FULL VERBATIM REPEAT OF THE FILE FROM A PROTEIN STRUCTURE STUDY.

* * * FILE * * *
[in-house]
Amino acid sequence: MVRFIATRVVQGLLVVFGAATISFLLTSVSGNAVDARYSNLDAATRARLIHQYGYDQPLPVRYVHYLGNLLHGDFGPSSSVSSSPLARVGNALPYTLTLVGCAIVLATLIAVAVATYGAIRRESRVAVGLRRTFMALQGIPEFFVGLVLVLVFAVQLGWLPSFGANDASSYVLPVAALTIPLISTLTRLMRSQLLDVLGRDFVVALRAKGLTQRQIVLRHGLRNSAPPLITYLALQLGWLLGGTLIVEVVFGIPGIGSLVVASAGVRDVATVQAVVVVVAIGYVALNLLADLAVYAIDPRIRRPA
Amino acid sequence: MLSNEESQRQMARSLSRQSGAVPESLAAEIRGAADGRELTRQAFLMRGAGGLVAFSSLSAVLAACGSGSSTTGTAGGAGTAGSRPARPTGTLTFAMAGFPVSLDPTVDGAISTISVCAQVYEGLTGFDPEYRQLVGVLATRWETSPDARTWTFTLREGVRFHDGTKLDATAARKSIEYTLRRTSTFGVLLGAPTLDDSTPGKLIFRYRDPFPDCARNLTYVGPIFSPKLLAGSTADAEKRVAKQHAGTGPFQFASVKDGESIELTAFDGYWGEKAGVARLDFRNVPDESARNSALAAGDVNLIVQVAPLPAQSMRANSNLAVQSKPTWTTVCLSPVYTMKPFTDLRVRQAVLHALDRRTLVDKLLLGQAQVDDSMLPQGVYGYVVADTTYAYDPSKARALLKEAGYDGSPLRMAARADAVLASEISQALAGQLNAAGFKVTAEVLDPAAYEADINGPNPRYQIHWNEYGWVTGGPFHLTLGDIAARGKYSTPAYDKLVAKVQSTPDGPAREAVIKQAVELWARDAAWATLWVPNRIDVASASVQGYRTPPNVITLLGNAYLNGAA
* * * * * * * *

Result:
[in-house]
Amino acid sequence: MVRFIATRVVQGLLVVFGAATISFLLTSVSGNAVDARYSNLDAATRARLIHQYGYDQPLPVRYVHYLGNLLHGDFGPSSSVSSSPLARVGNALPYTLTLVGCAIVLATLIAVAVATYGAIRRESRVAVGLRRTFMALQGIPEFFVGLVLVLVFAVQLGWLPSFGANDASSYVLPVAALTIPLISTLTRLMRSQLLDVLGRDFVVALRAKGLTQRQIVLRHGLRNSAPPLITYLALQLGWLLGGTLIVEVVFGIPGIGSLVVASAGVRDVATVQAVVVVVAIGYVALNLLADLAVYAIDPRIRRPA
Amino acid sequence: MLSNEESQRQMARSLSRQSGAVPESLAAEIRGAADGRELTRQAFLMRGAGGLVAFSSLSAVLAACGSGSSTTGTAGGAGTAGSRPARPTGTLTFAMAGFPVSLDPTVDGAISTISVCAQVYEGLTGFDPEYRQLVGVLATRWETSPDARTWTFTLREGVRFHDGTKLDATAARKSIEYTLRRTSTFGVLLGAPTLDDSTPGKLIFRYRDPFPDCARNLTYVGPIFSPKLLAGSTADAEKRVAKQHAGTGPFQFASVKDGESIELTAFDGYWGEKAGVARLDFRNVPDESARNSALAAGDVNLIVQVAPLPAQSMRANSNLAVQSKPTWTTVCLSPVYTMKPFTDLRVRQAVLHALDRRTLVDKLLLGQAQVDDSMLPQGVYGYVVADTTYAYDPSKARALLKEAGYDGSPLRMAARADAVLASEISQALAGQLNAAGFKVTAEVLDPAAYEADINGPNPRYQIHWNEYGWVTGGPFHLTLGDIAARGKYSTPAYDKLVAKVQSTPDGPAREAVIKQAVELWARDAAWATLWVPNRIDVASASVQGYRTPPNVITLLGNAYLNGAA